Help with BRMS and iSeries Tape Analysis

Posted on 2010-11-25
Last Modified: 2013-12-06
Experts, I come to you as a fool with little knowledge of iSeries or BRMS. In other fields of IT I consider myself very knowledgeable but on this forum I'm an amateur.

I have been asked to look at tuning some BRMS environments and want a couple of pointers around accessing reports. Having logged onto the iSeries and started BRMS, I can produce various canned reports and downloaded them to my PC, so far so good.

Question 1. Does BRMS use a DB2 database for storing information and if so is there any documentation around the tables and fields with, as I can't find them.

Question  2. If I want to look at tape drive usage, i.e. mount time/dismount time and volser mounted is there an iSeries log that I can look at and analyse.

Coming from a m/frame background I was very happy that Rexx is available and have already written some code to issue SQL commands and save the output to a file.

Please help!!!!
Question by:RibTime
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LVL 34

Assisted Solution

by:Gary Patterson
Gary Patterson earned 50 total points
ID: 34213134

Accepted Solution

Tomunique earned 200 total points
ID: 34218194
Some what of the blind leading the blind here, but, at least, I've felt my way down this path before

Yes, there's a DB2 table for BRMS (should be "tables", nothing is easy).
My program looks at volser status (that is in table  QUSRBRM/QA1AMM )

Do you know how to get a list of all the fields and their descriptions from a table?

browse Qusrbrm, (wrklib qusrbrm), there's a lot of tables in there.
I've not seen a decent break-down of what the tables are..
You may review the last update date on the files, just following a backup..
this will reduce your search to just tables keeping updated information.


Expert Comment

ID: 34218212
Additional note:
See Appendix F from Gary's link above..
it's old, but a lot of that stuff hasn't changed.

Thanks Gary!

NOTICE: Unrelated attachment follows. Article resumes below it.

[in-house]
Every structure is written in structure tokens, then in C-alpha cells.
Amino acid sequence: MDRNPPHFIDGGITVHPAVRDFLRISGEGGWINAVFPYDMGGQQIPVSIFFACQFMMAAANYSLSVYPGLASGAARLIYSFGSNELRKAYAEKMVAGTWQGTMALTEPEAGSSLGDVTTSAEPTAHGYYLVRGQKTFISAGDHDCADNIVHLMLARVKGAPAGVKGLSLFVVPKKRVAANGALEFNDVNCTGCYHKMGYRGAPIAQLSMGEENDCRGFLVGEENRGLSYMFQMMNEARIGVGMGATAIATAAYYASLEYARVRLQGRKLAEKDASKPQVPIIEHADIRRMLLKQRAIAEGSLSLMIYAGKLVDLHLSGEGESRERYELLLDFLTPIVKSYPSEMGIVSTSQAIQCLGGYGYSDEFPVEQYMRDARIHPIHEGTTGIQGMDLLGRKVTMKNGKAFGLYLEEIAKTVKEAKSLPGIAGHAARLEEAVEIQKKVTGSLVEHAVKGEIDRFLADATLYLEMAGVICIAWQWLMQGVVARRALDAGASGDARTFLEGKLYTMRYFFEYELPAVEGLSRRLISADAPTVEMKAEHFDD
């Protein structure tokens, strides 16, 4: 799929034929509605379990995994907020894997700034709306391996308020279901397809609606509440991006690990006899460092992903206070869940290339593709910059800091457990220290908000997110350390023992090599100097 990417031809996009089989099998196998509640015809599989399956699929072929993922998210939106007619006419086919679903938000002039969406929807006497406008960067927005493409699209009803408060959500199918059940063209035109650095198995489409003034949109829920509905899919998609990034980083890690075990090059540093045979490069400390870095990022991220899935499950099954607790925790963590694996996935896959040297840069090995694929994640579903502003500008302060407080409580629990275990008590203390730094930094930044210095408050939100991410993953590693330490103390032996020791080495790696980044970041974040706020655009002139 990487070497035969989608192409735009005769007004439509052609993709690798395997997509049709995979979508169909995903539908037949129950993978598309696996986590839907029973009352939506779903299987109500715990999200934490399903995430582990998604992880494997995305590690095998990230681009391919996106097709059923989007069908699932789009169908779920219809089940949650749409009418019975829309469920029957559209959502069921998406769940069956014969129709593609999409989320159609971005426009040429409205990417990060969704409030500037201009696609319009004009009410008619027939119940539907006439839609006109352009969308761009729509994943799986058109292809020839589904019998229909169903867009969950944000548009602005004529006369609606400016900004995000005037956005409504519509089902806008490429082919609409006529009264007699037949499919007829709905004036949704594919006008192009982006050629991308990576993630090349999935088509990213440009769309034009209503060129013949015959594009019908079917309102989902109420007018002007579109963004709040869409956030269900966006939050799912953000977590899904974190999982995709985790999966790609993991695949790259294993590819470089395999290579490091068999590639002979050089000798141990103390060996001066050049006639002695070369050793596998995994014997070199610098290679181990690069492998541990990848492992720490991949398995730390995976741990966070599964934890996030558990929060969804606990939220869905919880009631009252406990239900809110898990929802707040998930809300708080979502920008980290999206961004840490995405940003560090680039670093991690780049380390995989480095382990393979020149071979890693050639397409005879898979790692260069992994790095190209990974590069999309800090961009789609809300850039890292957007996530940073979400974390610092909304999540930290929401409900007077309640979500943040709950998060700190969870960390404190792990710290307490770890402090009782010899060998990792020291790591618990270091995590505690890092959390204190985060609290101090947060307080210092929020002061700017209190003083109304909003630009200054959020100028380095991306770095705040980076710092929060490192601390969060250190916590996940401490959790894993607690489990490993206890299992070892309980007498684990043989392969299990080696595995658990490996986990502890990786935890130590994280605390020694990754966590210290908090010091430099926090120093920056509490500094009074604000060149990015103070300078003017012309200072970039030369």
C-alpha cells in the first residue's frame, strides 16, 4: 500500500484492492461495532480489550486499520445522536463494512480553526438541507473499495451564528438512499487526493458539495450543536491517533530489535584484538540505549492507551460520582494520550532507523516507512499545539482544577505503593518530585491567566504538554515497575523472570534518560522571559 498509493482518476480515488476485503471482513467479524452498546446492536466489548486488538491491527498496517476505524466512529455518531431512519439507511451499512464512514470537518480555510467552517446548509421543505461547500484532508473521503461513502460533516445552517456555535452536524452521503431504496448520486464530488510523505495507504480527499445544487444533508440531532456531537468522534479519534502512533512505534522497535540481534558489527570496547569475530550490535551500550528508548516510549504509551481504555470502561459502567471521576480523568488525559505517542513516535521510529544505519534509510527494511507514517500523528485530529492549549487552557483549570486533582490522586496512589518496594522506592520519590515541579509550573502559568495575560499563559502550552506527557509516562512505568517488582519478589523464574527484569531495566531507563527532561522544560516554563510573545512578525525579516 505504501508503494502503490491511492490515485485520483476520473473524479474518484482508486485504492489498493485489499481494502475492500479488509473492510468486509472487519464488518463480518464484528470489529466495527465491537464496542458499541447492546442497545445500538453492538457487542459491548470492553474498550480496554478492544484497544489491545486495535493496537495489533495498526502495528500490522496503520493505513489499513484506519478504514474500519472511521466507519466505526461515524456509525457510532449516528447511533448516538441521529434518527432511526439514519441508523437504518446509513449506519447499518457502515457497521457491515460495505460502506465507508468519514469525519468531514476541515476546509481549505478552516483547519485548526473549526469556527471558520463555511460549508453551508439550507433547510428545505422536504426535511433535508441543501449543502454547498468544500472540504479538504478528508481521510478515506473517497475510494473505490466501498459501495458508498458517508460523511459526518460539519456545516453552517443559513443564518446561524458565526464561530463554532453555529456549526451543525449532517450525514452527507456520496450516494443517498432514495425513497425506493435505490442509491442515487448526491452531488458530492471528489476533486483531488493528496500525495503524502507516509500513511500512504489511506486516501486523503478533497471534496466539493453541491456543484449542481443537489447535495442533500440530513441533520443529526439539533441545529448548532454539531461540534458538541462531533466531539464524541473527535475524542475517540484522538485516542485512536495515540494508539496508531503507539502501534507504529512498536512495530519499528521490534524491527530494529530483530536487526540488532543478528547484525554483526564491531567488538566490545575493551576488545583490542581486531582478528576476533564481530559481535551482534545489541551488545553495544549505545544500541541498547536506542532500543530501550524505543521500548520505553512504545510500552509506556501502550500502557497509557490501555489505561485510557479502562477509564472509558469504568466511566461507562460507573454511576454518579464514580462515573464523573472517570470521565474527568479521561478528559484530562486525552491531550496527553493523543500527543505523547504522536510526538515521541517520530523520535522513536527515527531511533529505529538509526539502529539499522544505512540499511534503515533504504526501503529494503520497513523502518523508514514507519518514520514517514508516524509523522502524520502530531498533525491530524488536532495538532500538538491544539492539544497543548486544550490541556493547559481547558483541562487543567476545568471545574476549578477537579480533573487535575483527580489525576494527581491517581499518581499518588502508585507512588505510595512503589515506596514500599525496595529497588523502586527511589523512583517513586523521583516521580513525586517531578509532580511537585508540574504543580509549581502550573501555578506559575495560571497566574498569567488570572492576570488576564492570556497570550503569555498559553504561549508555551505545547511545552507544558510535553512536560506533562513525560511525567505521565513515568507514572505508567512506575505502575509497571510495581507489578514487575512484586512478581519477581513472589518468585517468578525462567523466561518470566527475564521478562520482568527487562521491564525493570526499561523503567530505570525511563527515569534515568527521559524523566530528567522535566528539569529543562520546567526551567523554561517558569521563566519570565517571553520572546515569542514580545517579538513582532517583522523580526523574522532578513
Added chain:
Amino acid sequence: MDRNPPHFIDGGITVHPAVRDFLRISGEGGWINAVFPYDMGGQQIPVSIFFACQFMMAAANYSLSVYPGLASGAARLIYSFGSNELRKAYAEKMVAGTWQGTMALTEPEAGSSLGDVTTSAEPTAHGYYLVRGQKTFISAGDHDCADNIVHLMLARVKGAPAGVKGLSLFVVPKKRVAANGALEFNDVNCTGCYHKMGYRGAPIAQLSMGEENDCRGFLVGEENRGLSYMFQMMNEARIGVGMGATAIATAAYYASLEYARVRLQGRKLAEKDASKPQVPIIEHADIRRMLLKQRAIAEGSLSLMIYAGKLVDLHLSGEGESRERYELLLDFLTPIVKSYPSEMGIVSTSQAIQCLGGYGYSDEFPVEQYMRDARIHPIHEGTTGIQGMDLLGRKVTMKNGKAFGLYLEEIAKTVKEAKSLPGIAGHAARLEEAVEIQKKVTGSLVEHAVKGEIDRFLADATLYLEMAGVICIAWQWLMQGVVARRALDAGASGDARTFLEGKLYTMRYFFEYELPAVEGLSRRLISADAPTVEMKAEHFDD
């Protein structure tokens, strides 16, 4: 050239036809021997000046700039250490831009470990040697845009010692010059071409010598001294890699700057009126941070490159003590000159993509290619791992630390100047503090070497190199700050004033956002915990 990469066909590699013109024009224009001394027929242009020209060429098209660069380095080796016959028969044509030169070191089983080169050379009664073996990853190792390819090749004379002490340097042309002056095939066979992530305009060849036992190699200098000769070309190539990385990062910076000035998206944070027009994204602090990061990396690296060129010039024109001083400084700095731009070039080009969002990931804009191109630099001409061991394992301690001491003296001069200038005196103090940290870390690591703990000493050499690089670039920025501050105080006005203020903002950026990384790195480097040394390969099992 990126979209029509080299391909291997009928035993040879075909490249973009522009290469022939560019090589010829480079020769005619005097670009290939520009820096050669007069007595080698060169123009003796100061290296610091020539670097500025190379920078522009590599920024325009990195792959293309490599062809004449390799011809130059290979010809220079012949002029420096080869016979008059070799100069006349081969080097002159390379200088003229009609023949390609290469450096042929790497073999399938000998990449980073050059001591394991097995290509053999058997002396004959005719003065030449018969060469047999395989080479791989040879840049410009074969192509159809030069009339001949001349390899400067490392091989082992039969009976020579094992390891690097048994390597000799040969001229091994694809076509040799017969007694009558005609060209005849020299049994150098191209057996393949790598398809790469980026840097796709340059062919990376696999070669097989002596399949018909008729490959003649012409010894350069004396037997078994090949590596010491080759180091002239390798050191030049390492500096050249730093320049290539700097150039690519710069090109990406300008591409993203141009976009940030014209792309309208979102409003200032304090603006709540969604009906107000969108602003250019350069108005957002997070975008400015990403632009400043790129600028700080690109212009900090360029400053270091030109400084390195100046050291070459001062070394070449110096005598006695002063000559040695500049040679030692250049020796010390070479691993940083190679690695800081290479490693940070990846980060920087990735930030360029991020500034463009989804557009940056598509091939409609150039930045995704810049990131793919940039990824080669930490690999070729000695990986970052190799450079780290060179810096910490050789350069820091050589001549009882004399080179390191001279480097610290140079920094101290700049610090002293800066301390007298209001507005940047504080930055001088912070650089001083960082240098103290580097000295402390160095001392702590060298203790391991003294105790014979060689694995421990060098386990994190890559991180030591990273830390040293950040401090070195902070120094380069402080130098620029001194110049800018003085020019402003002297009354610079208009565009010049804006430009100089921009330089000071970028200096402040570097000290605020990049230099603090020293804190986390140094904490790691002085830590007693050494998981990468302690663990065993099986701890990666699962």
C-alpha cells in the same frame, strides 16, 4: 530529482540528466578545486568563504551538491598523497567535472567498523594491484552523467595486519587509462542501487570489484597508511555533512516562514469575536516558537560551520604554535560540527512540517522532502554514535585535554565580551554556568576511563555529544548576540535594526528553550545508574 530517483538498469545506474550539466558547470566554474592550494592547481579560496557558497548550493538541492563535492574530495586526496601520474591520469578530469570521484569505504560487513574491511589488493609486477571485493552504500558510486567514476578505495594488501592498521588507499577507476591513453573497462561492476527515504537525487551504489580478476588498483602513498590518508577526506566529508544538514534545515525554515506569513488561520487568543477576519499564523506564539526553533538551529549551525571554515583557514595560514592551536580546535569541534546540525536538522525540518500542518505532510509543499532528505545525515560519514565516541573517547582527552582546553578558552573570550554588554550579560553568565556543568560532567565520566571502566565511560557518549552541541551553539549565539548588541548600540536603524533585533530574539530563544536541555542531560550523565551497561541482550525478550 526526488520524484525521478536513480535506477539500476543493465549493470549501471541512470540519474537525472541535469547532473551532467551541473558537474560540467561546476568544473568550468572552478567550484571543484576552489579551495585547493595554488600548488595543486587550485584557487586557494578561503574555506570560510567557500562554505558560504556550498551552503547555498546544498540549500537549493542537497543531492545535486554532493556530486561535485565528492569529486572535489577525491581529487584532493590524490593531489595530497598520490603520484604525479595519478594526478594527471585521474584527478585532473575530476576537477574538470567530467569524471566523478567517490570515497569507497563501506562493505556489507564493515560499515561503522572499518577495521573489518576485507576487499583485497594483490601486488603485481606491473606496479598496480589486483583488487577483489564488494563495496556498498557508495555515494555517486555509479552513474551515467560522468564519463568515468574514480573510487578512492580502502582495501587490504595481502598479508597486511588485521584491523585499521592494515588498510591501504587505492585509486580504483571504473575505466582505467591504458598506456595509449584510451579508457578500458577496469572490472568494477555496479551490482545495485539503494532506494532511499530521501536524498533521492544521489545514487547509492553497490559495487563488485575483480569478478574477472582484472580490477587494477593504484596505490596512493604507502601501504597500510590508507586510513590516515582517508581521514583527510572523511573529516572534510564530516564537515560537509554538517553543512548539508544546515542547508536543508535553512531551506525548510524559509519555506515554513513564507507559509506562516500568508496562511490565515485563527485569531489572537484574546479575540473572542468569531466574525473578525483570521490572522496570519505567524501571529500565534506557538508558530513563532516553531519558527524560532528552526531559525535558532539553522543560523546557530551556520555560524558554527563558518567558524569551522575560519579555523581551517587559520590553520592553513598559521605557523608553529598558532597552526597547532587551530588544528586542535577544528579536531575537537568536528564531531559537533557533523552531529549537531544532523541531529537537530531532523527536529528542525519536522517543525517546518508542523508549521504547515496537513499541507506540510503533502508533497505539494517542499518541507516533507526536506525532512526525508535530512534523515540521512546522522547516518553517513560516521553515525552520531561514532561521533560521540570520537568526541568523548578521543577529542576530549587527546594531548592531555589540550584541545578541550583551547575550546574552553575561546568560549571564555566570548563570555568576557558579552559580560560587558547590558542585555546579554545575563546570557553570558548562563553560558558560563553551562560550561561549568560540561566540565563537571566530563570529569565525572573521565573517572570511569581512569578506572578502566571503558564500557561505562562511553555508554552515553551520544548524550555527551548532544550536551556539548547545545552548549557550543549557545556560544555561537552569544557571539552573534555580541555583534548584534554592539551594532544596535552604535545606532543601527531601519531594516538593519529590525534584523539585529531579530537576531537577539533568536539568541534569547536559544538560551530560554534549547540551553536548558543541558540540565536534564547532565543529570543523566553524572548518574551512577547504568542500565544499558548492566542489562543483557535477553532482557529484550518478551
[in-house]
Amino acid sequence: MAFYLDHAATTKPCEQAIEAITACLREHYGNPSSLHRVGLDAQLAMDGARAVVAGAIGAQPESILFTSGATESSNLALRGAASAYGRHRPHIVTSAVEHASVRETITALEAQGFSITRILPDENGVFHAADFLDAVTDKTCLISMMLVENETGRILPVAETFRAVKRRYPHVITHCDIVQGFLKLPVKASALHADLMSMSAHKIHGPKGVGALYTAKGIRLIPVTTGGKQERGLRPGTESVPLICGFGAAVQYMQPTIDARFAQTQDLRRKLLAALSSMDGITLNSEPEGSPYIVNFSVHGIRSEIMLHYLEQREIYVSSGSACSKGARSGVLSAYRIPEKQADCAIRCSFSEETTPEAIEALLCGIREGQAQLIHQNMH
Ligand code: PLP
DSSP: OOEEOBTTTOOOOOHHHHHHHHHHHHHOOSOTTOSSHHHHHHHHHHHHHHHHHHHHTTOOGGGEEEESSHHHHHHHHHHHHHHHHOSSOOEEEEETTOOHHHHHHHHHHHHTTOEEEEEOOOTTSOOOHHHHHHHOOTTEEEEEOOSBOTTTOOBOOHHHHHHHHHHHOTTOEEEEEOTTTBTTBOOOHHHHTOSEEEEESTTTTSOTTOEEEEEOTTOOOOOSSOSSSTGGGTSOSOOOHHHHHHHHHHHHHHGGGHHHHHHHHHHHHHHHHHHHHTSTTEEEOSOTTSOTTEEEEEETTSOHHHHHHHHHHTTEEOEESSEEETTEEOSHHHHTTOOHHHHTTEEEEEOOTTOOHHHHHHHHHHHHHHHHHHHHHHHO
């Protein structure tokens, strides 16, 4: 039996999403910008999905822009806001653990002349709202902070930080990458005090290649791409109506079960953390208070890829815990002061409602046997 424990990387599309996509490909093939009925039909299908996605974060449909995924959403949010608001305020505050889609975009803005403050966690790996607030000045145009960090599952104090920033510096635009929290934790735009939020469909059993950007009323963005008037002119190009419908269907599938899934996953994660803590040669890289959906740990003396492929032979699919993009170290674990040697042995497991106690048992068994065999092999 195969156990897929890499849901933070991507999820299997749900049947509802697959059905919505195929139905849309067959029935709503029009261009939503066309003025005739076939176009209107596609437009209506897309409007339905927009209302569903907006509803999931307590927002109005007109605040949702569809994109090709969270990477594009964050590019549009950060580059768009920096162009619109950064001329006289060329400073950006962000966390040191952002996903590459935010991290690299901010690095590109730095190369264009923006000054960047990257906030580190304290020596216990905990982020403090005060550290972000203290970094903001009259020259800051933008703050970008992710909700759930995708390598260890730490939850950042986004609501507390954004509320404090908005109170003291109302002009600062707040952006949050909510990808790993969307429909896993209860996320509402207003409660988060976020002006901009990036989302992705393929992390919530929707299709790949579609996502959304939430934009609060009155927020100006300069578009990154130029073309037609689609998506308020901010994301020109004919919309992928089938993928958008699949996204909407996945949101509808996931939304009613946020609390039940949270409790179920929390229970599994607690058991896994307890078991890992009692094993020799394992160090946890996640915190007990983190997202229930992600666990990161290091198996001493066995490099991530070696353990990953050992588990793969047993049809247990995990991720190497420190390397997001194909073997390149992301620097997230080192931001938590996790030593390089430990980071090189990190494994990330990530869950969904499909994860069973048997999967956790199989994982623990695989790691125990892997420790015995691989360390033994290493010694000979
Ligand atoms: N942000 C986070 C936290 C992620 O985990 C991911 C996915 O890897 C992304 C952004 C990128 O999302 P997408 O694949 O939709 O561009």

Author Comment

ID: 34218255
Thanks guys this is helping a lot.

While I have the ear of you guys, how can I find mount/dismout times

I'll look at the information passed so far.

Expert Comment

ID: 34219380
I've not seen that level of detail (nor have I looked).
Years past I pulled similar information from syslog, don't know if intermediate mounts are displayed there.
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Author Comment

ID: 34229815
Tom / Gary

I found a manual "Backup Recovery and Media Services for OS/400 A Practical Approach" that provides a list of tables in appendix F, however without your help I wouldn't have found it.

I will close this question in a couple of days and award points to both of you but as you both seem on top of this issue I'll ask a cheeky related question....

Within the QA1AMM table there is a field TMCEXP which is a ZONED data type. When I do a "select" on this fields I get as an example "1,000,902" whereas if I display the tape from BRMS the expiry date is "09/02/01" ( US format date ).

Have either of you programmatically or prehaps another method converted this date and if so how as I have failed to "google" the answer.

Regards and thanks so far


Expert Comment

ID: 34229902
Dates are stored in YYMMDD so sorts work properly.

When you say "convert", do you mean from mm-dd-yy to yy-mm-dd and so forth?
I've not done it on the 400, but I believe you can set that in the bind options.

Author Closing Comment

ID: 34229943
I was after some pointers to allow me to work this out myself but have really been helped here, especially by Gary.

For anyone else looking for help on this check out my post about the IBM manual as that had the information I was after.


LVL 34

Expert Comment

by:Gary Patterson
ID: 34231228
That particular date format looks like it could be cyymmdd, where:

c=0 means 19xx
c=1 means 20xx

To convert cyymmdd to yyyymmdd, just add 19,000,000.

cyymmdd + 19,000,000 = yyyymmdd

- Gary Patterson

Author Comment

ID: 34231275

Thanks for taking the time.

As it happens I sat looking at my data and worked it out. All the data I've seen is from +2000 so had ignored the first digit, but it's nice to know what it means.

Thanks again


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